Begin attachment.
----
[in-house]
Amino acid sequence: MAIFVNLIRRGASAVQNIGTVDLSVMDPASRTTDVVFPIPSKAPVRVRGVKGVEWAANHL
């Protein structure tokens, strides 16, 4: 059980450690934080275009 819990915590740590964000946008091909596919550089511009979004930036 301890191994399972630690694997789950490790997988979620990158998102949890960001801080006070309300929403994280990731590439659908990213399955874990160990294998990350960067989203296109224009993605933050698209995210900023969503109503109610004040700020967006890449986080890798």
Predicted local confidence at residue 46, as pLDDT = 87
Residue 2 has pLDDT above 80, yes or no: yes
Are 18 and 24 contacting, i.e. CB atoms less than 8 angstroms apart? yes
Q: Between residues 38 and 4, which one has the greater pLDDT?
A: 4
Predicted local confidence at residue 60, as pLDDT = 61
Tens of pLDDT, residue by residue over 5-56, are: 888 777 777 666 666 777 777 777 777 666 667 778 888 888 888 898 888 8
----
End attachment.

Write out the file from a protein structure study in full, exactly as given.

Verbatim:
[in-house]
Amino acid sequence: MAIFVNLIRRGASAVQNIGTVDLSVMDPASRTTDVVFPIPSKAPVRVRGVKGVEWAANHL
């Protein structure tokens, strides 16, 4: 059980450690934080275009 819990915590740590964000946008091909596919550089511009979004930036 301890191994399972630690694997789950490790997988979620990158998102949890960001801080006070309300929403994280990731590439659908990213399955874990160990294998990350960067989203296109224009993605933050698209995210900023969503109503109610004040700020967006890449986080890798």
Predicted local confidence at residue 46, as pLDDT = 87
Residue 2 has pLDDT above 80, yes or no: yes
Are 18 and 24 contacting, i.e. CB atoms less than 8 angstroms apart? yes
Q: Between residues 38 and 4, which one has the greater pLDDT?
A: 4
Predicted local confidence at residue 60, as pLDDT = 61
Tens of pLDDT, residue by residue over 5-56, are: 888 777 777 666 666 777 777 777 777 666 667 778 888 888 888 898 888 8